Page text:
2. While commending Learned counsel for the Respondent for his well thought-out and succinct arguments, as well as agreeing with him that this Court has no jurisdiction to stay the execution of a judgment of the Court of Appeal, I, however, have to disagree with him as regards this Court’s jurisdiction to hear the application at hand. The application as stated above is for a stay of execution of the order of the Employment Tribunal dated 21st January 2022. True it is that the said Order is in compliance with the Judgment of the Court of Appeal dated 17th December 2021 ordering the Employment Tribunal to “compute benefits due to Mrs Salum ... tak[ing] into account salaries she has earned at Fisherman’s Cove Hotel and deduct these from salaries she would have earned at Savoy Hotel between the date of her unjustified dismissal and the date of lawful termination…” However the Order of the Employment Tribunal stands on its own 21st January 2022 quite separate from the Court of Appeal judgment. That Order of 21st January 2022 was appealed against in CA6/22 which is the main case from which the current application emanates. As such this Court is the proper forum for an application of this nature.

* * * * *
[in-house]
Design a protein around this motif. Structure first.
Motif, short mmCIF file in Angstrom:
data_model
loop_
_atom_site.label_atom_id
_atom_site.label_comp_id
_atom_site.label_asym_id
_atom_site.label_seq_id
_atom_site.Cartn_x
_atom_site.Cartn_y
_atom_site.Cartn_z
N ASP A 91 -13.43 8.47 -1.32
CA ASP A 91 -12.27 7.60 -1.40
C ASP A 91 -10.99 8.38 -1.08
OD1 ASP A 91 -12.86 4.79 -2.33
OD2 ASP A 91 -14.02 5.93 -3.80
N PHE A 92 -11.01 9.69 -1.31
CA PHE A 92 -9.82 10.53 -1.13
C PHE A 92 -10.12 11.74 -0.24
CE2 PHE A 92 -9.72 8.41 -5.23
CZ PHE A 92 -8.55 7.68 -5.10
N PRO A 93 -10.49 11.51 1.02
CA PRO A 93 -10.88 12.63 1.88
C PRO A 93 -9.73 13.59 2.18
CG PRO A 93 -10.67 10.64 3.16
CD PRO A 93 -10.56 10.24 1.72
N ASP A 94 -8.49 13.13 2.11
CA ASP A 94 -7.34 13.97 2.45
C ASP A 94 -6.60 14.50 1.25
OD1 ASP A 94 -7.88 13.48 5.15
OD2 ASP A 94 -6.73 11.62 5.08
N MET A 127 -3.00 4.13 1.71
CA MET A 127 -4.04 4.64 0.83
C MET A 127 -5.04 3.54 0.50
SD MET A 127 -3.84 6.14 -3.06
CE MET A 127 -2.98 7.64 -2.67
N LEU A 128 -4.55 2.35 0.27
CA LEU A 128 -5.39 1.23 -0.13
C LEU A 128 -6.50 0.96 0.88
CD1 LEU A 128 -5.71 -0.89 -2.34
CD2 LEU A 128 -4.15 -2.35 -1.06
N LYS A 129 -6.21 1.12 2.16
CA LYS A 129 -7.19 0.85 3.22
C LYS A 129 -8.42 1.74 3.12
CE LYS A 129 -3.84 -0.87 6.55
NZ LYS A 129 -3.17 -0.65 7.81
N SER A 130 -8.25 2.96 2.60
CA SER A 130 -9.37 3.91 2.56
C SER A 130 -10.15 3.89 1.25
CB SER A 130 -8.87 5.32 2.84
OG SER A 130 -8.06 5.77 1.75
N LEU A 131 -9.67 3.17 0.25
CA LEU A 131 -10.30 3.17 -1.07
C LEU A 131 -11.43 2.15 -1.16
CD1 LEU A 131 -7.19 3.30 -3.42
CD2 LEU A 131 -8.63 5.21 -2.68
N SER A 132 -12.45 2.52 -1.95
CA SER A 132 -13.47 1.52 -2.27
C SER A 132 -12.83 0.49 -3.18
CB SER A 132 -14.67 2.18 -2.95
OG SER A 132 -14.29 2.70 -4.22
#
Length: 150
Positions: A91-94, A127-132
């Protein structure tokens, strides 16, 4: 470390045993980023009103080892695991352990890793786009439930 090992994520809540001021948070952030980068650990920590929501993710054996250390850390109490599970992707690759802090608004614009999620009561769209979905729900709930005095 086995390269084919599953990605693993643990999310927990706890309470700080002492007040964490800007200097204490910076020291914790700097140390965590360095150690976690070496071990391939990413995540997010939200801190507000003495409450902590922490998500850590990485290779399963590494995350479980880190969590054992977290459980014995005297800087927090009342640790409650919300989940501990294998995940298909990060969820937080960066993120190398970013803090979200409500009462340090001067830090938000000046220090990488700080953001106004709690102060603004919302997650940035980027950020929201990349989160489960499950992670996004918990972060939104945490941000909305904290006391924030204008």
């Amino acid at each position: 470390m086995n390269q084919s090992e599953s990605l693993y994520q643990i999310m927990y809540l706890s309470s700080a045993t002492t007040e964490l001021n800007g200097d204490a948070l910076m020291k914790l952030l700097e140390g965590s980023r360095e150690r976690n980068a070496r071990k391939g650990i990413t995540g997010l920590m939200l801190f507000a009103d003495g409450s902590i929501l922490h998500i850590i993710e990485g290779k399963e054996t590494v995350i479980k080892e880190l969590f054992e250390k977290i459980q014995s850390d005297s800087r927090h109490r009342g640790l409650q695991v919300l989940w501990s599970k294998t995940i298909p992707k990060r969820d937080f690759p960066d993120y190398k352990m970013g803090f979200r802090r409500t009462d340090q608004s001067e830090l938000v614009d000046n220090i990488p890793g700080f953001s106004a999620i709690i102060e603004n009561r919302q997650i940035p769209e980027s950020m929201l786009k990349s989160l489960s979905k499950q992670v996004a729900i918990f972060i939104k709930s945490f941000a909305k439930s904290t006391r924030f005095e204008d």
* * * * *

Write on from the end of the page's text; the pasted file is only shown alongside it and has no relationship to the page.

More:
3. What then is the law with regard to applications for stay of execution? Section 230 of the Seychelles Code of Civil Procedure provides that:

“An appeal shall not operate as a stay of execution or of proceedings under the decision appealed from unless the court or the appellate court so orders and subject to such terms as it may impose. No intermediate act or proceeding shall be invalidated except so far as the appellate court may direct.”

  1. In the case of International Investment Trading SRL (IIT) v Piazolla & Ors (2005) SLR 57 it was held that the power of the Court to grant or deny a stay is a discretionary one where the Court stated as follows:

There does not seem to be any specific and explicit provision of any statute which directly and expressly grant this Court power to stay execution of judgment pending appeal. It is only by inference from section 230 of the Seychelles Code of Civil Procedure, that this Court may draw such power.”